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   * Subject: Seamless Waterfalls & Fire
   * Date:    Monday, 24 October 1994 22:45:31 [55]
   * From: (Shinobi)

First begin with a 2D outline such as the one below:

     |                     Z
     |                     |
     |                     |
     |                     Y-----X

This shape should be extruded by whatever distance you choose as the width of your waterfall.

Caller it whatever you like (I chose a very light blue), and turn the specularity way up so you can see how the light is affected by the texture. Now, add the BumpNoiz texture. Make the X, Y, and Z sizes something like 100,10,200, which basically give you long, thin bumps. Save this object as Waterfall.1.

Now, edit the texture axis and rotate it -120 degrees (you should see the axis roll forward, towards the left-side of this diagram). Save this object as Waterfall.2. Repeat again, saving the final object as Waterfall.3.

Rotate the axis locally around Y. This will cause the texture to rotate forwards to the camera, which is actually on the far left of the above diagram.

I've been asked to explain this in a little more detail, so I'll give what I can.

A 3D texture occupied 3D space. But the colours or bumps or whatever that appear occur only where the texture in 3D space intersects with the object. By positioning the texture axis away from the object, when you rotate the texture axis the intersection of the texture and the object changes. And because the texture occupies 3D space passing the texture "through" an object works the same as changing a "time" parameter that some textures have.

I'm not sure if that is a better explanation or not, so try this. Put a pencil or something on the screen, with the eraser at the texture axis. Now rotate the pencil around the screen, keeping the pivot point at the eraser. See how the pencil and object intersect at different points as the pencil is rotated? If you think of the texture as being full of bubbles, you can see that the object is actually "slicing" through the 3D texture when it intersets it (kinda like a CAT scan).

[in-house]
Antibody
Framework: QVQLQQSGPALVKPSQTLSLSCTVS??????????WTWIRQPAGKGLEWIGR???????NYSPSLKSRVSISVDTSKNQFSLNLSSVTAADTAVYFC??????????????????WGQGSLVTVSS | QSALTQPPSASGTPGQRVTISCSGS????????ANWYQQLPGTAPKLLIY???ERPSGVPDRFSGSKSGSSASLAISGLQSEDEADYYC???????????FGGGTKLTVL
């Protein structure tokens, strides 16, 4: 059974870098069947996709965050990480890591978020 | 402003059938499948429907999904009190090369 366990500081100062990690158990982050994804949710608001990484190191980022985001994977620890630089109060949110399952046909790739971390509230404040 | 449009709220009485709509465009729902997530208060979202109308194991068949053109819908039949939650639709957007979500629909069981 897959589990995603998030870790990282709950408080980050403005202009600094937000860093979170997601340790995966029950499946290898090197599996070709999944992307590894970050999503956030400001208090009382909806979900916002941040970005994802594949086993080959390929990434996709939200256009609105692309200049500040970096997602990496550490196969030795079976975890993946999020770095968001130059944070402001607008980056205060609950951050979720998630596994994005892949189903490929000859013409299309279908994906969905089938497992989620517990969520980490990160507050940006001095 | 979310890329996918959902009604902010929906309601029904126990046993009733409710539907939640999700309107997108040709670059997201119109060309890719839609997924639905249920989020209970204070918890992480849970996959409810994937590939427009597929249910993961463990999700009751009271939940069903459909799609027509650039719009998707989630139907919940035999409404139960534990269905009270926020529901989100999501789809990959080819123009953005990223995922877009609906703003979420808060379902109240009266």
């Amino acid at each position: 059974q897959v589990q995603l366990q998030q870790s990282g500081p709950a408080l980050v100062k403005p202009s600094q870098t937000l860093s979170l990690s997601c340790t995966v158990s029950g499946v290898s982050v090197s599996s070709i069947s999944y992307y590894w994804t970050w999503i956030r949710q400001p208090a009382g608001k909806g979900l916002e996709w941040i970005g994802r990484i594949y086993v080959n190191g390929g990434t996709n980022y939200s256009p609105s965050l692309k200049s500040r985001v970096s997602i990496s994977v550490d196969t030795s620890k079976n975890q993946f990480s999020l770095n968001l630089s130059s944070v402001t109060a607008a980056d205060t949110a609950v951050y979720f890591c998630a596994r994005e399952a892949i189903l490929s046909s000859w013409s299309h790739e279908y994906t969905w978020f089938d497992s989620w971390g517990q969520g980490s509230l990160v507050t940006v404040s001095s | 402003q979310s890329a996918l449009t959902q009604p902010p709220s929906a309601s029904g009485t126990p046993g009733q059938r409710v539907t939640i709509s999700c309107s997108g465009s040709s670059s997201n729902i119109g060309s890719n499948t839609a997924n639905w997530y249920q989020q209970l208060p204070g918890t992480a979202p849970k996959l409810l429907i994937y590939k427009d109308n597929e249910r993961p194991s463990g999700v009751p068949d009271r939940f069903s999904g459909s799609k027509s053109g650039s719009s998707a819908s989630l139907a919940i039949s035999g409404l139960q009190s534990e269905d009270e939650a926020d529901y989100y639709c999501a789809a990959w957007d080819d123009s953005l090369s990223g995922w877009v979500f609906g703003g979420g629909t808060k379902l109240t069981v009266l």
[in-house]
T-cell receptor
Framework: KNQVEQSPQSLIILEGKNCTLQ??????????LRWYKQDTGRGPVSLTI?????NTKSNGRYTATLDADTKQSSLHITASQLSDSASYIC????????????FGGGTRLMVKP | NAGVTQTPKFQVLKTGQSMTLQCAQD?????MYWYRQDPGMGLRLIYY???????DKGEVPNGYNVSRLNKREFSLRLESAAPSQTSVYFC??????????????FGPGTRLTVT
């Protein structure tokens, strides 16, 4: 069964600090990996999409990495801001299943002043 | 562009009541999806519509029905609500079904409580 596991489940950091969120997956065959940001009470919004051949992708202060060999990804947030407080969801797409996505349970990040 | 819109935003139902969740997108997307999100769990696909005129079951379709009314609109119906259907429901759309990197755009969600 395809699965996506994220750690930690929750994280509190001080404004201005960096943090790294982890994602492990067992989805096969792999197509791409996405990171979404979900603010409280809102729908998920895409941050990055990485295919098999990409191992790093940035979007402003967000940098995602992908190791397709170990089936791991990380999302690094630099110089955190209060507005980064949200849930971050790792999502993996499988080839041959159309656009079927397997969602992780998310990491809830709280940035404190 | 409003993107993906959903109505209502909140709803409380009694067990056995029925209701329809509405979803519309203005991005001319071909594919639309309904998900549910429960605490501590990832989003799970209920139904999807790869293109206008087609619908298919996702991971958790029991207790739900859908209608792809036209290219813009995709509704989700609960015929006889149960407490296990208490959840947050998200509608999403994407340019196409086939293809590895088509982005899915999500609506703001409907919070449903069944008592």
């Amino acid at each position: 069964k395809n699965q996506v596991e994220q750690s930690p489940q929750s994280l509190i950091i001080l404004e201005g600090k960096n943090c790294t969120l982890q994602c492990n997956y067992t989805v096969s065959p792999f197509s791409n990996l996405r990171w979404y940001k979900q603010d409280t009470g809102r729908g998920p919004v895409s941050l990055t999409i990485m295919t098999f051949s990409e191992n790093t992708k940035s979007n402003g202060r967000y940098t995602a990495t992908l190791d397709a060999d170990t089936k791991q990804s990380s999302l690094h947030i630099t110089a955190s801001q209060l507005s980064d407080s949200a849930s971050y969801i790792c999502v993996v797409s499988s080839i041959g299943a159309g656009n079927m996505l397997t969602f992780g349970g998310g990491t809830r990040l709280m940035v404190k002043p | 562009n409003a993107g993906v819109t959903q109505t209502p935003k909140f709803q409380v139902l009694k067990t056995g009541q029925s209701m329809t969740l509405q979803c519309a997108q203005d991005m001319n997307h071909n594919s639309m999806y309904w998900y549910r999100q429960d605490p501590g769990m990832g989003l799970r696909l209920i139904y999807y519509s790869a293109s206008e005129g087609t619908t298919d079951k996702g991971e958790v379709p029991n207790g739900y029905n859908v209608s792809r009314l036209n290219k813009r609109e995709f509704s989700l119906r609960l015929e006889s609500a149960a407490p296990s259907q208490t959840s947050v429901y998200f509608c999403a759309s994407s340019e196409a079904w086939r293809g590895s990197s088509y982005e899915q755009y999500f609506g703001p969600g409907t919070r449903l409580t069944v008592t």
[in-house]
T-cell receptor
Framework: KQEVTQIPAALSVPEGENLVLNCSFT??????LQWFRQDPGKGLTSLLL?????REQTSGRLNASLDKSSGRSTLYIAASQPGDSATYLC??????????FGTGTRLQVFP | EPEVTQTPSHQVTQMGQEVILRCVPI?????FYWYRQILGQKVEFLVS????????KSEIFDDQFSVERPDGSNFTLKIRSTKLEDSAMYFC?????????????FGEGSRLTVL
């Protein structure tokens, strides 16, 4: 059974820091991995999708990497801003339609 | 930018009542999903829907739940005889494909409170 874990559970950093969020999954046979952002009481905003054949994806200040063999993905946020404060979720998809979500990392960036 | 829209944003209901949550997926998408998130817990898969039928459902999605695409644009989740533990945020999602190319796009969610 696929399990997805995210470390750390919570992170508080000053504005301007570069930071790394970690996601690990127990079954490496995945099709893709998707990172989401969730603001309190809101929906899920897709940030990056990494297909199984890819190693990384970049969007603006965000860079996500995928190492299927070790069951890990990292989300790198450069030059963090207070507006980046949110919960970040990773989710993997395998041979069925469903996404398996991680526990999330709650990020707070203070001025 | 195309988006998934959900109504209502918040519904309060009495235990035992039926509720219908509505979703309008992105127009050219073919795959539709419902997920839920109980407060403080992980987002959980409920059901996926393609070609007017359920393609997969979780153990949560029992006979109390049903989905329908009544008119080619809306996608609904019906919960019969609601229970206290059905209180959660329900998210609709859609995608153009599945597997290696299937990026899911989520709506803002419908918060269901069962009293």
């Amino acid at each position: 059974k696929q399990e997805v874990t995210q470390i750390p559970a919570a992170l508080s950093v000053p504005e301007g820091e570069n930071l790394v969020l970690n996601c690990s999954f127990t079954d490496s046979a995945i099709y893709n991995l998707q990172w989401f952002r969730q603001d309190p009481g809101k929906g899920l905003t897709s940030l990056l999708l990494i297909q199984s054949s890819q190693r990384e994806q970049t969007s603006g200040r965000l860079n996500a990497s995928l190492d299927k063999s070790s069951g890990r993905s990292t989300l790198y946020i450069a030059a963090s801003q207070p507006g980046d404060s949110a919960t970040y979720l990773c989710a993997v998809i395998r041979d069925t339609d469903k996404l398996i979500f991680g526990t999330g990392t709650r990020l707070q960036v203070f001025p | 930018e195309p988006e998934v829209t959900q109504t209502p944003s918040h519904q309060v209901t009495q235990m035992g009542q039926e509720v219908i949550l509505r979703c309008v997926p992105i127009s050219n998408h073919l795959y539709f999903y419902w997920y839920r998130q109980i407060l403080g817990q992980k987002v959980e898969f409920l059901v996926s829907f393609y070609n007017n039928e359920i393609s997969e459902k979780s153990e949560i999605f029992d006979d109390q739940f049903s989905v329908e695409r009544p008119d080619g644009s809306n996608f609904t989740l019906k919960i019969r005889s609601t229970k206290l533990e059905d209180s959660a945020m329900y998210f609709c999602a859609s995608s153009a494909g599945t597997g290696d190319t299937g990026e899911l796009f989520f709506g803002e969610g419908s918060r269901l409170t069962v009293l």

Enter the action editor and set the number of frames for, say, 90. Give some ambient light (say 40). Now, at frame 1 load your Waterfall.1 object. From frame 2 through 30, morph to Waterfall.2. From frame 31 through 60 morph to Waterfall.3. Finally, from frame 61 through 90 morph back to Waterfall.1.

Enter the stage editor and set the view up as you would like it. Do a test render to make sure all is well.

Render your animation, but leave off the last frame, so in a 90 frame animation you would render frames 1-89.

The trick is to offset the texture axis so that when it rotates the texture appears to flow along the surfaces it intersects. As I said, it works well with fire. You can use this technique to seamlessly morph a flame object (ala Steve Worley's example). Just make sure to place the axes of the textures where their rotation and intersection with the plane will give the appearance of movement.

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